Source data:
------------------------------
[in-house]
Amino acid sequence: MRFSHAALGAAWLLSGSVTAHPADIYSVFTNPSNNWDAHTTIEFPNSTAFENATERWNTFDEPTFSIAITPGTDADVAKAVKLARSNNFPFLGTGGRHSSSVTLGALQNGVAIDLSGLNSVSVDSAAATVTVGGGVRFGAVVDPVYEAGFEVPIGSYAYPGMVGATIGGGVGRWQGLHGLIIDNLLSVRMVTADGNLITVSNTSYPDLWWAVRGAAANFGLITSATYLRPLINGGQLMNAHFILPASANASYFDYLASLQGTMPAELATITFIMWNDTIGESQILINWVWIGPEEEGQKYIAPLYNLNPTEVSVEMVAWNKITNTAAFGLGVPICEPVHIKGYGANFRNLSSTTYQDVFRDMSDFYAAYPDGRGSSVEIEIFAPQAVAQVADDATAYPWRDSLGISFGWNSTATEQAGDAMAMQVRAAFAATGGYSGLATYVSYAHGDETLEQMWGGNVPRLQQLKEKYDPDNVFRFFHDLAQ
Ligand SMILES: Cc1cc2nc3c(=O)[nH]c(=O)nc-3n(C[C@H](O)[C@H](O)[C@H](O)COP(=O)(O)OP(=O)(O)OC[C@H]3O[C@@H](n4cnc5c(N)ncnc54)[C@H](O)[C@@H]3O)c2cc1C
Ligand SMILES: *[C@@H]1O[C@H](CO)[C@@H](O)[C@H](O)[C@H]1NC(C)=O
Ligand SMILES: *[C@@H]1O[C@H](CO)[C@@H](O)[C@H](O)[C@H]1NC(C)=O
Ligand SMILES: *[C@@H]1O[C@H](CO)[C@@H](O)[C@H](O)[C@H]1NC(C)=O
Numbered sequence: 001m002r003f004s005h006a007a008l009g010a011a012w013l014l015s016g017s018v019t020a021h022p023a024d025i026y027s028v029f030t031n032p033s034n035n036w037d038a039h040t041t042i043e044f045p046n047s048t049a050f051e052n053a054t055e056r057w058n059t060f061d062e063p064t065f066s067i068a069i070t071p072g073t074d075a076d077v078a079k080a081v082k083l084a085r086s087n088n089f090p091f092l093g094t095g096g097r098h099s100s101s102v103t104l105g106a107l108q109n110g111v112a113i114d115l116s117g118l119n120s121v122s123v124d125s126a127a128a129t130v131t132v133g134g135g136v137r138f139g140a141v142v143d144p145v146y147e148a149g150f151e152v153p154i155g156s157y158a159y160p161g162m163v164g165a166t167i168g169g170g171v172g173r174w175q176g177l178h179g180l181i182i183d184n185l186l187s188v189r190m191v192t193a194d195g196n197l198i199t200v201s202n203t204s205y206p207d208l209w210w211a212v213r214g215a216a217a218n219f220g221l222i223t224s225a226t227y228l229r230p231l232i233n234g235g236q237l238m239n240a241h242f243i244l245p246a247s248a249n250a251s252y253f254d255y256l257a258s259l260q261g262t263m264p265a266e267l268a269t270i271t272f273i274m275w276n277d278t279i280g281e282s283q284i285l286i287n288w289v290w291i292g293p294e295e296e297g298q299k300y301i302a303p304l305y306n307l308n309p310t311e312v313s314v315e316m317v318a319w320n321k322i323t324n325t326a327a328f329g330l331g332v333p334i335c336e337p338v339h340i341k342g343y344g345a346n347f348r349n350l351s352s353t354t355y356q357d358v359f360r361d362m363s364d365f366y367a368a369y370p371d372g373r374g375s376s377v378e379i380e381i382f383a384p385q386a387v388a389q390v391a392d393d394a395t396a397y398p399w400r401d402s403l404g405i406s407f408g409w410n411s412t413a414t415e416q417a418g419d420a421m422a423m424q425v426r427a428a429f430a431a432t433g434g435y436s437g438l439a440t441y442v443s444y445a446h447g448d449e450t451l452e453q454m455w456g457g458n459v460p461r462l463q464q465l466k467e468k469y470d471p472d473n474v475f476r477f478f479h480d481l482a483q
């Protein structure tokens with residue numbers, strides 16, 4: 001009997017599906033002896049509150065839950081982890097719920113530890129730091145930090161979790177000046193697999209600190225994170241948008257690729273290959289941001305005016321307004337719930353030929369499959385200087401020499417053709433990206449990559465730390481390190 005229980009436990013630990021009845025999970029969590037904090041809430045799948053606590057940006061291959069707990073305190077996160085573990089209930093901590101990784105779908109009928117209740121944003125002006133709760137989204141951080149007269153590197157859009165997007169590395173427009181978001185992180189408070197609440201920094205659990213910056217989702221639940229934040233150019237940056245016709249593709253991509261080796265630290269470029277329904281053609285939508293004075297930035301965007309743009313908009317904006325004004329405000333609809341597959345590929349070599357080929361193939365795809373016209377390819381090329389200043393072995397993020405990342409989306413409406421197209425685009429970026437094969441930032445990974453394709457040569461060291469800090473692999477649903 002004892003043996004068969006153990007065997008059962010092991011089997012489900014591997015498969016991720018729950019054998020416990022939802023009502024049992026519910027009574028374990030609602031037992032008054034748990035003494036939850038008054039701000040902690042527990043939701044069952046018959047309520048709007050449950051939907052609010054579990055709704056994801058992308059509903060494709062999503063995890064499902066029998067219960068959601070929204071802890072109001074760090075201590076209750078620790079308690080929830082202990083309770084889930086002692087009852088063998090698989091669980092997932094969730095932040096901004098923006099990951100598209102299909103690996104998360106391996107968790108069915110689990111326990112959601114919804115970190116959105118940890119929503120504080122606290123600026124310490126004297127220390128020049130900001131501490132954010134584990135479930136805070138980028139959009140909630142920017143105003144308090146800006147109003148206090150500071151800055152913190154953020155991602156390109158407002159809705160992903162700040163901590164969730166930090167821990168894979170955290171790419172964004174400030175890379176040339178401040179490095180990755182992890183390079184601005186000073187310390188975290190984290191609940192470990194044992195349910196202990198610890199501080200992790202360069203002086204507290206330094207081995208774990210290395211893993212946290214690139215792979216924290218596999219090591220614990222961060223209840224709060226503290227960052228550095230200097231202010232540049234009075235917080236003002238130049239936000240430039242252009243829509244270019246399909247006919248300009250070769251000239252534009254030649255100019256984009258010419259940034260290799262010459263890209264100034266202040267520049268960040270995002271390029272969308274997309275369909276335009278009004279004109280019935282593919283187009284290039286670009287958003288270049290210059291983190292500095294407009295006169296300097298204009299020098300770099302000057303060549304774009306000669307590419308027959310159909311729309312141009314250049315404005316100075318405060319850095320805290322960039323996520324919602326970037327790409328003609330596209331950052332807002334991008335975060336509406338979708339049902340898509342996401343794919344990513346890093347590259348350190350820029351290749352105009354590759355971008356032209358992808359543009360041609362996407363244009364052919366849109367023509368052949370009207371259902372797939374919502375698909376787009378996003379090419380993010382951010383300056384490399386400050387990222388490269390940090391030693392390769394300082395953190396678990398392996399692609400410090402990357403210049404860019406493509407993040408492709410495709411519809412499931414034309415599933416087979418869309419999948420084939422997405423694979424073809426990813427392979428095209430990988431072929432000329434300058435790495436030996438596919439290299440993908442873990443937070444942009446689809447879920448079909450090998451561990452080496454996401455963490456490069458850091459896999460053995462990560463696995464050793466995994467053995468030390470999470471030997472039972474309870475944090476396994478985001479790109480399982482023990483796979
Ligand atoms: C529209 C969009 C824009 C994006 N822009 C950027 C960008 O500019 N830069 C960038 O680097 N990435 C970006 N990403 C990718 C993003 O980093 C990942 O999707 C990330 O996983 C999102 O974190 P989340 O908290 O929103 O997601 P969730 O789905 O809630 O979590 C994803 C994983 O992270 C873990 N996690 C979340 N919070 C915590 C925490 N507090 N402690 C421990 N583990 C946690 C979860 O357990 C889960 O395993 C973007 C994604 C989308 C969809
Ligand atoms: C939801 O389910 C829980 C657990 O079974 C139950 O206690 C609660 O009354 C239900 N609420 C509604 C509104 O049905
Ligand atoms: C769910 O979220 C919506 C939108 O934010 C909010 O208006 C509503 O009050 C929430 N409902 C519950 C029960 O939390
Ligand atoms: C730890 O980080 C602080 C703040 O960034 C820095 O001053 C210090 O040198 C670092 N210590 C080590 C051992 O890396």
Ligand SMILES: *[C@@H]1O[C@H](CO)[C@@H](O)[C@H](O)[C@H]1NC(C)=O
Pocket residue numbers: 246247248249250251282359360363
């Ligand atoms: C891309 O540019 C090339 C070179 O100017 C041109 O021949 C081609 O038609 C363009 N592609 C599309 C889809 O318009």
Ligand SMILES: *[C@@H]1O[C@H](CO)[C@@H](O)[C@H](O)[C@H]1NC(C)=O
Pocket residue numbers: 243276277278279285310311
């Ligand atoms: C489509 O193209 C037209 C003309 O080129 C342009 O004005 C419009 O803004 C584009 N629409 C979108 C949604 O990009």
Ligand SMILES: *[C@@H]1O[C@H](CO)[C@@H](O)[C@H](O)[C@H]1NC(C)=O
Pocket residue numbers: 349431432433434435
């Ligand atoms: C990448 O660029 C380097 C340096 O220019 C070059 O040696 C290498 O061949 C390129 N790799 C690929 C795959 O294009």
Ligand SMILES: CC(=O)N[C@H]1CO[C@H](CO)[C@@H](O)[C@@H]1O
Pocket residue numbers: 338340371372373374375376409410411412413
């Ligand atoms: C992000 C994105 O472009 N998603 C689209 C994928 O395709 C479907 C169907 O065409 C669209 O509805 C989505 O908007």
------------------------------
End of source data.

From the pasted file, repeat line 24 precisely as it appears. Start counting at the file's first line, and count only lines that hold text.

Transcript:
């Ligand atoms: C992000 C994105 O472009 N998603 C689209 C994928 O395709 C479907 C169907 O065409 C669209 O509805 C989505 O908007």